New York Attorney General Eric T. Schneiderman has filed a Martin Act complaint against Credit Suisse Securities (USA) LLC and its affiliates for making fraudulent misrepresentations and omissions to promote the sale of residential mortgage-backed securities (RMBS) to investors. According to AG Schneiderman’s lawsuit, Credit Suisse deceived investors as to the care with which they evaluated the quality of mortgage loans packaged into residential mortgage-backed securities prior to 2008. RMBS sponsored and underwritten by Credit Suisse in 2006 and 2007 have suffered losses of approximately $11.2 billion.
Attorney General Schneiderman’s complaint is the most recent enforcement action by the Residential Mortgage-Backed Securities Working Group, a state-federal task force created by President Obama earlier this year to investigate those responsible for misconduct contributing to the financial crisis through the pooling and sale of residential mortgage-backed securities. In October, Attorney General Schneiderman filed a Martin Act lawsuit against JP Morgan Securities LLC (formerly known as Bear, Stearns & Co. Inc.), JP Morgan Chase Bank NA, and EMC Mortgage LLC (formerly known as EMC Mortgage Corporation) for making fraudulent misrepresentations and omissions to promote the sale of RMBS to investors.
“This lawsuit against Credit Suisse marks another significant step in our efforts to hold financial institutions accountable for the misconduct that led to the worst financial crisis in nearly a century,” said AG Schneiderman. “Our investigations and legal actions demonstrate that there must be one set of rules for all—no matter how big or powerful the institution may be—and that those rules will be enforced vigorously. We need real accountability for the illegal and deceptive conduct in the creation of the housing bubble in order to bring justice for New York’s homeowners and investors."
According to Attorney General Schneiderman’s complaint, Credit Suisse led its investors to believe that the quality of the loans in its MBS had been carefully evaluated and would be continuously monitored. In fact, as in the case of other RMBS market participants, Credit Suisse did neither. Instead, it systematically failed to adequately evaluate the loans, ignored defects that its limited review did uncover, and kept its investors in the dark about the inadequacy of its review procedures and defects in the loans. The loans in Credit Suisse’s MBS included many that had been made to borrowers who were unable to repay the loans, were very likely to default, and ultimately did default in large numbers.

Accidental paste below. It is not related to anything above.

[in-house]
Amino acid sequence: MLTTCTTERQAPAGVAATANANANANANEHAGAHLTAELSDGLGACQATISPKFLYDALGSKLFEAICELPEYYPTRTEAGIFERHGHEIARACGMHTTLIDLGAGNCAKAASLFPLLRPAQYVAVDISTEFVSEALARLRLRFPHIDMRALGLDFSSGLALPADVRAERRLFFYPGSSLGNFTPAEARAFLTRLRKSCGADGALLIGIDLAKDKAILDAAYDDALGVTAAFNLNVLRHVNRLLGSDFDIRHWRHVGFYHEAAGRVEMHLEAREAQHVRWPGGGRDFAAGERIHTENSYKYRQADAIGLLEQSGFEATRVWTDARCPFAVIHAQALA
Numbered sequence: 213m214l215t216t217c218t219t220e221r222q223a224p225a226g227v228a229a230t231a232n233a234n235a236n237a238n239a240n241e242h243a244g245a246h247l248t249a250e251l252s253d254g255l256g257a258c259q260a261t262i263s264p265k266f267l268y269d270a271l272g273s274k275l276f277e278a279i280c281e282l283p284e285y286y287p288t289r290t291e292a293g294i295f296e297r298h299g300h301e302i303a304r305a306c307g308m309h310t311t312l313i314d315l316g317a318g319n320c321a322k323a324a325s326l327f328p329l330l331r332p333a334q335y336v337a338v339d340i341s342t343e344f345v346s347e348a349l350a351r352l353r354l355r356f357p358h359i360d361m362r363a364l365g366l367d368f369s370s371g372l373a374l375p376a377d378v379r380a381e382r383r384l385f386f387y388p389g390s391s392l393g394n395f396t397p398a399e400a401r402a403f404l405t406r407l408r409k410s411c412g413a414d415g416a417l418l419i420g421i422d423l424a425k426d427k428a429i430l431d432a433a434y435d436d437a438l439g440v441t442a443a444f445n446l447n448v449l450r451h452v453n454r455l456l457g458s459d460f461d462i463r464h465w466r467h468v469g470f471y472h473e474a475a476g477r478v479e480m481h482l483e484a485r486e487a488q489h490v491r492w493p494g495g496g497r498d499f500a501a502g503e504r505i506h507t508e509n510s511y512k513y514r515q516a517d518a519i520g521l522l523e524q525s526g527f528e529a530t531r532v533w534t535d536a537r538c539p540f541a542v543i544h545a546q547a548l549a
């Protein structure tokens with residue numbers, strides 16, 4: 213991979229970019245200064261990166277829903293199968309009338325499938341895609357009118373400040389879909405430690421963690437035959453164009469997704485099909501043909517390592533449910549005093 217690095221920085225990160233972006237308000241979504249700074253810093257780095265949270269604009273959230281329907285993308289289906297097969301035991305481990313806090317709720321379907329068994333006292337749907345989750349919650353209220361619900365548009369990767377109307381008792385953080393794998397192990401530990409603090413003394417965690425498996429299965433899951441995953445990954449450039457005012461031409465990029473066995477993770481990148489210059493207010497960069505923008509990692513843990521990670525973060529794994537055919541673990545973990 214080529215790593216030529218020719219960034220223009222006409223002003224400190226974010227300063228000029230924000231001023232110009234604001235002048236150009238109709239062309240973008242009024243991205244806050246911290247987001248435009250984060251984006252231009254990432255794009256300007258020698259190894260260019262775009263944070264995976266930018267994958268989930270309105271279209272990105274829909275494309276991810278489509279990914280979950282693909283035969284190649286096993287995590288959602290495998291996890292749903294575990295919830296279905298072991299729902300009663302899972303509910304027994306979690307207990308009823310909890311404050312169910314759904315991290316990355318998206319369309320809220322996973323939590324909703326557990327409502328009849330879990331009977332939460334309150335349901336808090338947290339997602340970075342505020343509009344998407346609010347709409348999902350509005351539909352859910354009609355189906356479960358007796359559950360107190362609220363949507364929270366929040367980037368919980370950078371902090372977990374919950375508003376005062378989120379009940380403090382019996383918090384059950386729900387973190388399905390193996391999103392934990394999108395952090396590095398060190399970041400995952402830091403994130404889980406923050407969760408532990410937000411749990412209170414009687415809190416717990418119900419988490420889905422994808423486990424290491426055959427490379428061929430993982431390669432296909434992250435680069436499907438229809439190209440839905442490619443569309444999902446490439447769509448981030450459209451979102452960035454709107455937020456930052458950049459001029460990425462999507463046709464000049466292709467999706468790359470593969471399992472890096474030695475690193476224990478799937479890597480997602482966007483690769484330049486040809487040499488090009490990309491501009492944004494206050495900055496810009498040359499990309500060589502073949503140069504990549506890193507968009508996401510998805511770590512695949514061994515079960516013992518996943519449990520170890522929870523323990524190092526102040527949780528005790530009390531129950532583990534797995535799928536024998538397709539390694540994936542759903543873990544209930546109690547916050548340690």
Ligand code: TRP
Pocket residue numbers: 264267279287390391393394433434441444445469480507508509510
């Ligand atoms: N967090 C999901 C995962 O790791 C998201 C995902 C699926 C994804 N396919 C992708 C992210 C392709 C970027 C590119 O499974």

As explained in the Attorney General’s complaint, filed in New York State Supreme Court, RMBS were pools of mortgages deposited into trusts. Shares of the RMBS trusts were sold as securities to investors, who were to receive a stream of income from the mortgages packaged in the RMBS. In offering documents and marketing materials, Defendants led investors to believe that they had carefully evaluated—and would continue to monitor—the quality of the loans in the RMBS.
The Attorney General’s lawsuit charges that Credit Suisse failed to abide by its representations that the loans underlying their RMBS were originated in accordance with the applicable underwriting guidelines, i.e., the standards in place to ensure, among other things, that loans were extended to borrowers who demonstrated the willingness and ability to repay. Further, while defendants claimed that they undertook “due diligence” to ensure that the loans they purchased from originators complied with the relevant guidelines, in reality, the due diligence review process was compromised by, among other things, Defendants’ desire to maintain good relationships with loan originators.
By mid-2012, cumulative losses incurred in RMBS sponsored by Credit Suisse in 2006 and 2007 totaled over $11.2 billion, or approximately 12 percent of total initial balances of approximately $93.8 billion.